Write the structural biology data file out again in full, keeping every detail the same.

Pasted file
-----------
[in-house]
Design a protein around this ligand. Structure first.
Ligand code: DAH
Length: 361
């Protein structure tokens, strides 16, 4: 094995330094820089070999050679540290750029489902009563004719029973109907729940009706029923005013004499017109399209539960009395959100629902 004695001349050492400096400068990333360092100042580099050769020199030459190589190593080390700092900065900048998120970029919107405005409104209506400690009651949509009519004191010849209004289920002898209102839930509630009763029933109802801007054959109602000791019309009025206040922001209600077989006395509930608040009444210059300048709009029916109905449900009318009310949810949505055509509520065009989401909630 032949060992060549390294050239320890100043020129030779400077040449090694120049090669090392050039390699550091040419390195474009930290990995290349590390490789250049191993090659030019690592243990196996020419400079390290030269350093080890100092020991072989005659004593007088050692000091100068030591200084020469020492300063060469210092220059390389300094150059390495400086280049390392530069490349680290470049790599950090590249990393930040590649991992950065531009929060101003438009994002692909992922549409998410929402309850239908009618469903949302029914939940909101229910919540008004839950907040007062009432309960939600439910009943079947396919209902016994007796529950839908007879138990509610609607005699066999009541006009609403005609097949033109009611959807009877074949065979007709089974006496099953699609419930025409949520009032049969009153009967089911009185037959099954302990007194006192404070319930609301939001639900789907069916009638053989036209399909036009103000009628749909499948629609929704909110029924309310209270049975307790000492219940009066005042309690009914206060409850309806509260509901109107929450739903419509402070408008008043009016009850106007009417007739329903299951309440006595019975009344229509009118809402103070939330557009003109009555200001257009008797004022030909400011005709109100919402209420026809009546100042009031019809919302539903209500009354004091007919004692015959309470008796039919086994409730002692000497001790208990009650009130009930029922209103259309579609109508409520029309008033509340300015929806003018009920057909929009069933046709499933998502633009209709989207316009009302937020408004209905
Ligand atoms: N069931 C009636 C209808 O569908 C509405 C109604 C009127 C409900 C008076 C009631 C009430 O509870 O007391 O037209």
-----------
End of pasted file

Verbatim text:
[in-house]
Design a protein around this ligand. Structure first.
Ligand code: DAH
Length: 361
């Protein structure tokens, strides 16, 4: 094995330094820089070999050679540290750029489902009563004719029973109907729940009706029923005013004499017109399209539960009395959100629902 004695001349050492400096400068990333360092100042580099050769020199030459190589190593080390700092900065900048998120970029919107405005409104209506400690009651949509009519004191010849209004289920002898209102839930509630009763029933109802801007054959109602000791019309009025206040922001209600077989006395509930608040009444210059300048709009029916109905449900009318009310949810949505055509509520065009989401909630 032949060992060549390294050239320890100043020129030779400077040449090694120049090669090392050039390699550091040419390195474009930290990995290349590390490789250049191993090659030019690592243990196996020419400079390290030269350093080890100092020991072989005659004593007088050692000091100068030591200084020469020492300063060469210092220059390389300094150059390495400086280049390392530069490349680290470049790599950090590249990393930040590649991992950065531009929060101003438009994002692909992922549409998410929402309850239908009618469903949302029914939940909101229910919540008004839950907040007062009432309960939600439910009943079947396919209902016994007796529950839908007879138990509610609607005699066999009541006009609403005609097949033109009611959807009877074949065979007709089974006496099953699609419930025409949520009032049969009153009967089911009185037959099954302990007194006192404070319930609301939001639900789907069916009638053989036209399909036009103000009628749909499948629609929704909110029924309310209270049975307790000492219940009066005042309690009914206060409850309806509260509901109107929450739903419509402070408008008043009016009850106007009417007739329903299951309440006595019975009344229509009118809402103070939330557009003109009555200001257009008797004022030909400011005709109100919402209420026809009546100042009031019809919302539903209500009354004091007919004692015959309470008796039919086994409730002692000497001790208990009650009130009930029922209103259309579609109508409520029309008033509340300015929806003018009920057909929009069933046709499933998502633009209709989207316009009302937020408004209905
Ligand atoms: N069931 C009636 C209808 O569908 C509405 C109604 C009127 C409900 C008076 C009631 C009430 O509870 O007391 O037209």